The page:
As best as you can, bring the edges of the tear together. This will increase the chance that the tear will heal up smooth with minimal scarring. You can use a butterfly bandage for this. You can also use Dermabond if you can get your hands on some. Dermabond is referred to as "liquid stitches" and is used in place of sutures on small cuts, tear, and incisions to hold the tissue together during healing. You will probably need to get it from your vet. They may not just give it to you as it is a medical supply. You might have some luck with Liquid Bandage. This is meant to go on the surface of wounds to provide a barrier. Warning*** Liquid Bandage stings alot. It can however help to hold the tear together if you use it along with a butterfly bandage.

Apply a THIN layer of triple antibiotic ointment to the wound. This is where most people screw things up by gooping on the stuff. If you've brought the edges of the tear together nicely, the ointment isn't inside the wound--just providing a really thin barrier on the surface. You need the tissue on either side of the tear to touch in order to heal back together so if you fill it with goop it won't. If your wound is more of a surface abrasion than a tear let a scab form before using the ointment. If the edges of the tear are uneven and don't come together well, don't use any ointment at all. Just regularly spritz with the antiseptic wash. You will probably end up with a larger scar and/or an uneven edge once it is all healed.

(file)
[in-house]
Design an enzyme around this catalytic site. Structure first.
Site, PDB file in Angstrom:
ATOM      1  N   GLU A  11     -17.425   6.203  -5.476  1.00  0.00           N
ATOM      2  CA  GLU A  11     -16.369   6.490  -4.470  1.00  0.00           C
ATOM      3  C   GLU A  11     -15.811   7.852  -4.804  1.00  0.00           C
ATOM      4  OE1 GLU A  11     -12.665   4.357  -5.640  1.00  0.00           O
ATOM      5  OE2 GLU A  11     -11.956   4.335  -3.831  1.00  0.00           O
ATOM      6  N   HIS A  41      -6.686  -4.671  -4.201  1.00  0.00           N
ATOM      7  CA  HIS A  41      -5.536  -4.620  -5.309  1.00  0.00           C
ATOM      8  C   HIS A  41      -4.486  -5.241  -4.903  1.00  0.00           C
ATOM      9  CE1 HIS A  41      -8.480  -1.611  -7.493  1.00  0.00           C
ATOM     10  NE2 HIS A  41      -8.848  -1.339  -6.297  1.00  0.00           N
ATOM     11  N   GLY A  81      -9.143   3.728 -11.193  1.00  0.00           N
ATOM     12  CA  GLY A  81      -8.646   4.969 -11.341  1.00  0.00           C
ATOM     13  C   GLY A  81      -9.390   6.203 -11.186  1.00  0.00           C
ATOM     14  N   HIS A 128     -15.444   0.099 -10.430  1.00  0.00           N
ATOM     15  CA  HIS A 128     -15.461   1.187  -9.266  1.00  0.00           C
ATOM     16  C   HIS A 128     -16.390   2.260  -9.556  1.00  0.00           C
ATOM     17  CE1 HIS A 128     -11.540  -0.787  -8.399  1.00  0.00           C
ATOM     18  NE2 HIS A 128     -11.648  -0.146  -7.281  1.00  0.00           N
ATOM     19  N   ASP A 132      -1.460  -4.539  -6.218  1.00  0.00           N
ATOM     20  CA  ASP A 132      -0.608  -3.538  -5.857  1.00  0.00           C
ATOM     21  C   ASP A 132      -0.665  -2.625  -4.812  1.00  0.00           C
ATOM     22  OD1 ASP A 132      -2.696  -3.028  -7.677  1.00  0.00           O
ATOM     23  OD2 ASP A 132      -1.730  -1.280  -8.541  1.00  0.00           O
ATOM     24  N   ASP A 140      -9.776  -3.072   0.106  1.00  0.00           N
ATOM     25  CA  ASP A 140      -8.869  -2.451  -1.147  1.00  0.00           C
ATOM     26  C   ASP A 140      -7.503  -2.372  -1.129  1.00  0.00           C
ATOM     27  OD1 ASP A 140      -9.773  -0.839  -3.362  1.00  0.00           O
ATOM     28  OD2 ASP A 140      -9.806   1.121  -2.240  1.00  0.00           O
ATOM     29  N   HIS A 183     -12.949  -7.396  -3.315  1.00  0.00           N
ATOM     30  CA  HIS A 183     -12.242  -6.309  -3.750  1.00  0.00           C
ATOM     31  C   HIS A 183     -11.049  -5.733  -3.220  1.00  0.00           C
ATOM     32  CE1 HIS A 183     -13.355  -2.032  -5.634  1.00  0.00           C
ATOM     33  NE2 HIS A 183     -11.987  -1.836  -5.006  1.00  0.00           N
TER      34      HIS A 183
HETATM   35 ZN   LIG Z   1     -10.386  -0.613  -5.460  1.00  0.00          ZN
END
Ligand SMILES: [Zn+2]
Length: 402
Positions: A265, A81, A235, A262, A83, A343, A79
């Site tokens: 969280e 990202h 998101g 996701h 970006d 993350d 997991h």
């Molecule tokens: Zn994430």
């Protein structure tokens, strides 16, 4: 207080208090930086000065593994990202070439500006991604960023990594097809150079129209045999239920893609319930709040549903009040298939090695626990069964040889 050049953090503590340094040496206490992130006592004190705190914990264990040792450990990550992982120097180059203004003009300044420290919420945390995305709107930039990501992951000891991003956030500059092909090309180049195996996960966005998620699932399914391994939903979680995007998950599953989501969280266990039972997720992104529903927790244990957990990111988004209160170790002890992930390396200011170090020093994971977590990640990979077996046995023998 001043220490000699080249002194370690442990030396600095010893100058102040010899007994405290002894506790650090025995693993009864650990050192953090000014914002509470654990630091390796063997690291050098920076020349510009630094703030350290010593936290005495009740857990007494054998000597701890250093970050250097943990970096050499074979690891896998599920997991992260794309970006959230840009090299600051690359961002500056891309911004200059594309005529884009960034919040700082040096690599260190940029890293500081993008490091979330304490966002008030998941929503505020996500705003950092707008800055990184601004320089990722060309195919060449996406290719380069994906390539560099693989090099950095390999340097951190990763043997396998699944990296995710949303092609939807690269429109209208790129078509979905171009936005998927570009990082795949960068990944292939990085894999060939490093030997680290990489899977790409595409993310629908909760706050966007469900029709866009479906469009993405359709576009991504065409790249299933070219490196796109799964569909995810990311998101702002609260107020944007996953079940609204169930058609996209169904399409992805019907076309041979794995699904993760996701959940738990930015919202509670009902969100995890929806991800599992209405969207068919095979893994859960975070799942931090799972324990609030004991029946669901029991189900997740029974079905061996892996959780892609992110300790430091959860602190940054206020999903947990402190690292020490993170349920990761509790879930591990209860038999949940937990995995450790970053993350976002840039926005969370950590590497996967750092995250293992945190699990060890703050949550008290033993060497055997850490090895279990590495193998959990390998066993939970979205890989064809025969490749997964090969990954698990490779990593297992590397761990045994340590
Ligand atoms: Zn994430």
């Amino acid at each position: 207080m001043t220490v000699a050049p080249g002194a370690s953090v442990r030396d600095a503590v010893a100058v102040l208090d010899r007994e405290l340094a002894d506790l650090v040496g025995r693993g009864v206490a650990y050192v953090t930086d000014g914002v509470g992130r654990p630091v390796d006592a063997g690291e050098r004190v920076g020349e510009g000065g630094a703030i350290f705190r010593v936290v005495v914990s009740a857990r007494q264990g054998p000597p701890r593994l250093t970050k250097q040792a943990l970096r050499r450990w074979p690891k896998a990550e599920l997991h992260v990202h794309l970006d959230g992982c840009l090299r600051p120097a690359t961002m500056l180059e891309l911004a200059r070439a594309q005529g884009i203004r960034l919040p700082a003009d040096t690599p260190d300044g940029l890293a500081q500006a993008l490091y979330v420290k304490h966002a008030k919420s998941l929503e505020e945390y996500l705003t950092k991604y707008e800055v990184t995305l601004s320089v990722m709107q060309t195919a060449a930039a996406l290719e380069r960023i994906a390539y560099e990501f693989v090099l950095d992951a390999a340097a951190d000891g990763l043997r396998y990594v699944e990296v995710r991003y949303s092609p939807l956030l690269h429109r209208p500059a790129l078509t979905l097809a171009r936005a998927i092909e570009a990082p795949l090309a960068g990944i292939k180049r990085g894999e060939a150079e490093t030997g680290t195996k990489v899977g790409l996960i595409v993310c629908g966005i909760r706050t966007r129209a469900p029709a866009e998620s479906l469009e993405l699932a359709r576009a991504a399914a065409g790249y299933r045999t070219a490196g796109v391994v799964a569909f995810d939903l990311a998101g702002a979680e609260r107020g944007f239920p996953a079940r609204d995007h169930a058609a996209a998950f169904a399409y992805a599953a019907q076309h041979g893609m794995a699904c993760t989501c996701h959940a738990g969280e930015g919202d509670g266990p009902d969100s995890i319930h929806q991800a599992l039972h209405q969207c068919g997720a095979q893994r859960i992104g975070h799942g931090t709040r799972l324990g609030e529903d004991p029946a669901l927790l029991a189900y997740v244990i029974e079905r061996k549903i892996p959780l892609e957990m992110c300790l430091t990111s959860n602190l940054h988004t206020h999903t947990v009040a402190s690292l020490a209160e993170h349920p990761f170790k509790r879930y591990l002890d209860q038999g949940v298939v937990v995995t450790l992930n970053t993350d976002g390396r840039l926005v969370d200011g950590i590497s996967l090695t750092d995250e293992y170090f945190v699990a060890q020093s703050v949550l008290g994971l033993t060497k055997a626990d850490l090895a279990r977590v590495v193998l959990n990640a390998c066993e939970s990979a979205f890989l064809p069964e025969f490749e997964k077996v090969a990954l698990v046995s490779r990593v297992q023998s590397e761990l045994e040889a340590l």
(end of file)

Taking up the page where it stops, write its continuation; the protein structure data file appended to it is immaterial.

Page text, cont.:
Immobilize the ear. Even little tears bleed A LOT so while the scab is forming, you want to keep the ear nice and still so the dog can't shake off the scab or scratch at it. Get some VetWrap (self adhesive stretchy bandaging). Lay the ear against the side of the dog's head and wrap around the whole head and ear. You can also use the leg of a pantyhose and slide it over the dogs head to hold the ear in place.

Allow for airflow around the wound. At least once a day take off any wrap or gauze and let the tear be exposed to the air for an hour or two. You can keep the butterfly bandages on since they are holding the wound closed. Occupy your dog with a big bone or bully stick or something so they will be so preoccupied that they don't shake or scratch at the ear.

Once the scab is well-formed you will find that you don't need so much dressing and wrapping. You might be able to get away with just some loose bandaids. What worked well for me is to get the oversized bandaids--the kind that are large enough for a skinned knee or elbow. I sandwiched the ear between two of these large bandaids and trimmed off the extra length. It worked much better than trying to bend one bandaid over the edge of the ear.

Keep an eye on the tear and watch for signs of infection (redness, inflammation, foul odor, oozing pus). Spritz daily with the antiseptic wash. Let the ear dry completely before rebandaging or rewraping. Change the bandaids as needed. Once the tear begins to heal, the scab will start to itch and the dog is likely to scratch and shake, opening it up again. This is when you will want to start using the antibiotic cream to keep the scab soft and pliable so it doesn't crack open and to reduce the itching.

You might need to have your dog wear a cone for a while to prevent him from scratching at the ear. I actually wrapped my dog's feet on the side of the torn ear and that was enough to kept her from using them to scratch at the bandages but your results may vary.

Ear tears take a long time to heal and if they are reopened they bleed like an SOB. Good luck.